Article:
However, the season finale, which saw our core group in a plane crash, reeked of manipulation and lazy plot mechanics. I’m sure the intention was to get our characters in a new emotional place for season 9 (a sort of reboot, if you will). Still, it’s a small misstep in an otherwise very compelling season of a show that once showed signs of weakness and has since found a new lease on life.
Season 8: B
Series Final Grade: B
After 8 wildly uneven seasons, Desperate Housewives should not have lasted this long. There’s nothing intelligent or redeeming about this show. The characters are inconsistent; the arcs are predictable; the season-long mysteries are long-winded and convoluted. In fact, it’s so easy to be critical of this show, and I found myself shaking my head in contempt more often than not. I cannot tell you how many times I almost wanted to end it.
But Marc Cherry and his team managed to bring me back, season after season. While it was never an A-level series or “must see TV,” it was actually a fun soap opera that was easy on the eyes and easier on the brain. It was comfort food that I usually felt guilty about consuming. It required no thinking. If I left the room to get something, I didn’t rewind the show to see what I missed. I folded a lot of laundry during Desperate Housewives.
I’m glad the show ended when it did. I won’t miss it, but I will miss seeing Felicity Huffman on the airwaves. I’ve been a huge fan of hers since the days of Sports Night. Marcia Cross’s Bree Van DeKamp was actually my least favorite character when the show launched back in 2004, but as the show progressed, I began to like her more and more. I could always take it or leave it with Teri Hatcher’s Susan Delfino and Eva Longoria’s Gabrielle Solis; their personas were always about as subtle as jack hammers when it came to characterizations and plot developments.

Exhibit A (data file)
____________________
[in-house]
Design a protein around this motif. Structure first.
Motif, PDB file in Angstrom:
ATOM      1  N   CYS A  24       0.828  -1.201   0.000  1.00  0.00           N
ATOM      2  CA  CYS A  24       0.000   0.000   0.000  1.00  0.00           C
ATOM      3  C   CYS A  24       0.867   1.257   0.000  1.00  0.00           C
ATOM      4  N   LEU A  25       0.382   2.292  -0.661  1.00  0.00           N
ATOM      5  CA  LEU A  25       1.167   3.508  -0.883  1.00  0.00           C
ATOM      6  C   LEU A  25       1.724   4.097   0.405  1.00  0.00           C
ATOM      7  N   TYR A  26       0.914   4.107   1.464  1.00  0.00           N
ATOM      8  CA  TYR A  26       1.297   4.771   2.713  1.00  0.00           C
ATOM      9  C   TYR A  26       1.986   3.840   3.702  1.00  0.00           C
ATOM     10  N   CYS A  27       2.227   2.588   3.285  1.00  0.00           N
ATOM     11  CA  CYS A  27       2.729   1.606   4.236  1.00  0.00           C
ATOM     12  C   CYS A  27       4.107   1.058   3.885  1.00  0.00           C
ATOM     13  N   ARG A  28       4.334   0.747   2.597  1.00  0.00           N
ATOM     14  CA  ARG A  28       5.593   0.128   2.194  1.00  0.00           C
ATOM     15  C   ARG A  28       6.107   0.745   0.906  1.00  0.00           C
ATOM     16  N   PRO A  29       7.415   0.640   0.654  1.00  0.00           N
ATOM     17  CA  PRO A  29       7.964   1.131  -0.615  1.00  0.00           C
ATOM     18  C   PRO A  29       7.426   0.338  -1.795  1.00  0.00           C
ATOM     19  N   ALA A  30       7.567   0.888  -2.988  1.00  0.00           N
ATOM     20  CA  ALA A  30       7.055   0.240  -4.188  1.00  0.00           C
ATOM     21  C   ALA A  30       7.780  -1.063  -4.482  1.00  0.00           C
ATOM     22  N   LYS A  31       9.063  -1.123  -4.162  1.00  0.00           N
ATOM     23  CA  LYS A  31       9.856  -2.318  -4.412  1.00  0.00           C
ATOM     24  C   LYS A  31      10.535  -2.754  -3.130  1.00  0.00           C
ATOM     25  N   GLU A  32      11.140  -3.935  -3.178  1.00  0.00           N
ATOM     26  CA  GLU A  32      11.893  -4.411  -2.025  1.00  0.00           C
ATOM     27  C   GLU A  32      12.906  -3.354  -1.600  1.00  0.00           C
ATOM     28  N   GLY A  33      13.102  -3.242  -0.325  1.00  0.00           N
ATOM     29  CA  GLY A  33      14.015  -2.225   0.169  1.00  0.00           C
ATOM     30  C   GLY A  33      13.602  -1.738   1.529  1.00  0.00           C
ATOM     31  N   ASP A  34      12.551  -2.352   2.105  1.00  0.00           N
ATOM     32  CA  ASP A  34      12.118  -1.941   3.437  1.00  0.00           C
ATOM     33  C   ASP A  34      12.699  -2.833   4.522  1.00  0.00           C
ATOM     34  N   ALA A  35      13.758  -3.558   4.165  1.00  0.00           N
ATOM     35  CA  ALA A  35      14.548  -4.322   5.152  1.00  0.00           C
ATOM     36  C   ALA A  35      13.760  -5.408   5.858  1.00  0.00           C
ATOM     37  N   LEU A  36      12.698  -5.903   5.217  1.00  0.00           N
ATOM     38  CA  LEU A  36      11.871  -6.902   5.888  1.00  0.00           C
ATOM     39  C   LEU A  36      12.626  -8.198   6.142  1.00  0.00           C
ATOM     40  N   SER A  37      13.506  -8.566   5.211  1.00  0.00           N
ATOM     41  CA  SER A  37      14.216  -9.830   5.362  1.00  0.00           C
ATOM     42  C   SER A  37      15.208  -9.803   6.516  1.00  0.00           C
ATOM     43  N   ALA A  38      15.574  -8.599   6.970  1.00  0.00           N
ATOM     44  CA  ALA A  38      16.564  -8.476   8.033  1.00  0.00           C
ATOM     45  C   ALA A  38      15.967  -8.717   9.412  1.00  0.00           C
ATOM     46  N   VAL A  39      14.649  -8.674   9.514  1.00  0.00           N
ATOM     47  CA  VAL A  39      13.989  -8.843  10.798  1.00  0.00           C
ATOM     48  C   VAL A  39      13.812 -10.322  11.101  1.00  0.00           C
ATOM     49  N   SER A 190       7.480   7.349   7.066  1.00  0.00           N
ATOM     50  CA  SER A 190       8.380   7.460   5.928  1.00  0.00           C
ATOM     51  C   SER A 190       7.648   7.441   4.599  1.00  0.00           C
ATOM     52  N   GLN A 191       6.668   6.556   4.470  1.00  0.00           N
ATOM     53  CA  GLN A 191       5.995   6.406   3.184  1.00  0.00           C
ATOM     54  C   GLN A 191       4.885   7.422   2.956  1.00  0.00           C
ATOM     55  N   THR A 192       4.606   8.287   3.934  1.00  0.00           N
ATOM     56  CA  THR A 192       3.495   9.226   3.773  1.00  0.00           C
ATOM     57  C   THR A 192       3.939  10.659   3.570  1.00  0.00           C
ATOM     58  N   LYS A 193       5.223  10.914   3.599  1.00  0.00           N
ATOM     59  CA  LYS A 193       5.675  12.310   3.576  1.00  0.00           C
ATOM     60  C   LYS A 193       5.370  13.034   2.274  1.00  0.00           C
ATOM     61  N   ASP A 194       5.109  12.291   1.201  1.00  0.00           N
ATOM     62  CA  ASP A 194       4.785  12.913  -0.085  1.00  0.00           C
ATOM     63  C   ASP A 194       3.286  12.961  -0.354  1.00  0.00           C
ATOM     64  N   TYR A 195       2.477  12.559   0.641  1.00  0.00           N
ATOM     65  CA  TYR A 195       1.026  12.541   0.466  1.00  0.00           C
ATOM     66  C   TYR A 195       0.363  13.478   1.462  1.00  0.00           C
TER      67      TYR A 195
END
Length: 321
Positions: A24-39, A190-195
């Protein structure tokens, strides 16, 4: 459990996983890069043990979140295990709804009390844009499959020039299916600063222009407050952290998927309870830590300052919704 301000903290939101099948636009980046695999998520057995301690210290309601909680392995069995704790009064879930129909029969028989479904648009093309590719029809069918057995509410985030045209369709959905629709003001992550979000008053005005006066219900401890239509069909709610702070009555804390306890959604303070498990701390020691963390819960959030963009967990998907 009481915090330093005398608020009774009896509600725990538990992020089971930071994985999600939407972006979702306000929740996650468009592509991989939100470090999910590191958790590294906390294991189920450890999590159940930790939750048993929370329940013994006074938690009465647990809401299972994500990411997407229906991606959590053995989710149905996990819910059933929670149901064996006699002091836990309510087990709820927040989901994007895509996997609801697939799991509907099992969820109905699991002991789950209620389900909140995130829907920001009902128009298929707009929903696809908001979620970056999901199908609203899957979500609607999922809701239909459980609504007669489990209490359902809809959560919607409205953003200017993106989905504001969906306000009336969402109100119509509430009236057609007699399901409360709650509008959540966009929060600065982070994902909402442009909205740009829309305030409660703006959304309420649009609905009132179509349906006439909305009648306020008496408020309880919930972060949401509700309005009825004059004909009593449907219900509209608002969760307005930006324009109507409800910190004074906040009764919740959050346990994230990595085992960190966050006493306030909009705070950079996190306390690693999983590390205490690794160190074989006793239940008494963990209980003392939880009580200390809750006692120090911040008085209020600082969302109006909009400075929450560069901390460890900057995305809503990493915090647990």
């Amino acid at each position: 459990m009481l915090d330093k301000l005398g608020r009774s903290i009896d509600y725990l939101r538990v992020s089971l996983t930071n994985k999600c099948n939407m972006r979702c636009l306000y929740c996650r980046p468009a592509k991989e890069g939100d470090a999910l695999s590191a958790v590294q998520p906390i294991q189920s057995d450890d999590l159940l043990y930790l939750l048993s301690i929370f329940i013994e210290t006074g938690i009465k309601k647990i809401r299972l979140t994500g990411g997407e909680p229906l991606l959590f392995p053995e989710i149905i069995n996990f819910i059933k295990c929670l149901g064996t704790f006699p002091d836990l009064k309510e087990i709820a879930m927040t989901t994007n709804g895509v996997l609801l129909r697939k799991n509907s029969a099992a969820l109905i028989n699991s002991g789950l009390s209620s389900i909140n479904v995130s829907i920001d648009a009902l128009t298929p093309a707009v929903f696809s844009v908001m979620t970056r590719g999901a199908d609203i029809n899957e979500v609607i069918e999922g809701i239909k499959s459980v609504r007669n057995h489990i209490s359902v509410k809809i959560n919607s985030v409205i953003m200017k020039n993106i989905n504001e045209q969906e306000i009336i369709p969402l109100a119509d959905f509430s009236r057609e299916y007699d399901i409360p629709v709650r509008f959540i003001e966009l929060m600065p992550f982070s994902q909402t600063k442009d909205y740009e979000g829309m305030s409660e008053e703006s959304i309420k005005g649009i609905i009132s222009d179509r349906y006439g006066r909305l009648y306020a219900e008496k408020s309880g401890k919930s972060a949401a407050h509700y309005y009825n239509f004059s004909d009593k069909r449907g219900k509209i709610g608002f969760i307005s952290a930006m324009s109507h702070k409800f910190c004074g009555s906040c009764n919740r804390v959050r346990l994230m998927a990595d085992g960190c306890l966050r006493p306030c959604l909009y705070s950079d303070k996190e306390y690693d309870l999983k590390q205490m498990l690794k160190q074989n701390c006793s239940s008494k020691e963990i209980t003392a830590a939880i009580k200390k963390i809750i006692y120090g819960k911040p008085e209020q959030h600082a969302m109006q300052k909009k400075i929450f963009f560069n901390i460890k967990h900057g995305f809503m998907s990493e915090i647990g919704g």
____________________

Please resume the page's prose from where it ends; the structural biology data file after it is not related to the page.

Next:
So long, Wisteria Lane. It was kinda, sorta fun while it lasted, but don’t let the door hit your cleavage on the way out.
How I Met Your Mother
Season 7: B-
Series to date: B
The damn title is bringing this show down. After 7 years of leaving tantalizing clues and teases, the central concept of How I Met Your Mother is now a complete joke. The amount of wrenches they have thrown this series-long arc is ridiculous. Even Lost knew when to put an end to it! And it’s too bad because a) this cast is awesome and b) most often than not, the show is very, very funny.
Not long ago, maybe two or three seasons ago, I vowed not to care about who the mother is anymore. It’s pointless. The show is about the journey, not the endgame. But the creators of the show are making it increasingly difficult to care about Ted and the women he dates, including (and especially) Robin. I love Cobie Smulders. She has created a dryly funny and completely believable character in Robin Scherbatzky. But this season’s big final twist resulted in nothing more than character assassination. Throwing her back together with Ted makes zero sense for either character and brings us further and further from the show’s “endgame.”
All that said, this wasn’t the show’s finest year, not by a long shot. But I did enjoy Lily and Marshall’s transformation from Manhattanite yuppies to parents-to-be Long Islanders. And Barney had some really good moments with his new gal pal Quinn (nicely played by Becki Newton). She’s good for him. It’s nice to finally see Barney so well-matched. And Ted is… Well, still Ted. I’ve always loved him and Josh Radnor’s consistently charming portrayal, so no real complaints here.
They just need to stop jerking us around. Either forget about the mother and move on, or start folding her into the show, like, NOW.
Season 5: C
Series to date: B